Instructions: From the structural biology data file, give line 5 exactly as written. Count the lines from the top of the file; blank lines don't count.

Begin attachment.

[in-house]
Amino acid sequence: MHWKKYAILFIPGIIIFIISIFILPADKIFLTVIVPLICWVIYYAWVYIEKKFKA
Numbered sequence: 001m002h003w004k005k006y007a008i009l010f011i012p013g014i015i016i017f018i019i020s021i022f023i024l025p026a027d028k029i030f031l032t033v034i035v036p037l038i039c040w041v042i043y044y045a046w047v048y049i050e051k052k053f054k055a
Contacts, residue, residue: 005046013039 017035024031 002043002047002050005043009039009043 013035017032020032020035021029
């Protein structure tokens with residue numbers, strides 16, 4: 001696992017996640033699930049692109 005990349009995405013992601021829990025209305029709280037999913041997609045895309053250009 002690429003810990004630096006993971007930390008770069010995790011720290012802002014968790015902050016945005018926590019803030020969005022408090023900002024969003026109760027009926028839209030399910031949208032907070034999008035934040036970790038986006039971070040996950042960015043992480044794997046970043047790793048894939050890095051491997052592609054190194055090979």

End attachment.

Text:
């Protein structure tokens with residue numbers, strides 16, 4: 001696992017996640033699930049692109 005990349009995405013992601021829990025209305029709280037999913041997609045895309053250009 002690429003810990004630096006993971007930390008770069010995790011720290012802002014968790015902050016945005018926590019803030020969005022408090023900002024969003026109760027009926028839209030399910031949208032907070034999008035934040036970790038986006039971070040996950042960015043992480044794997046970043047790793048894939050890095051491997052592609054190194055090979």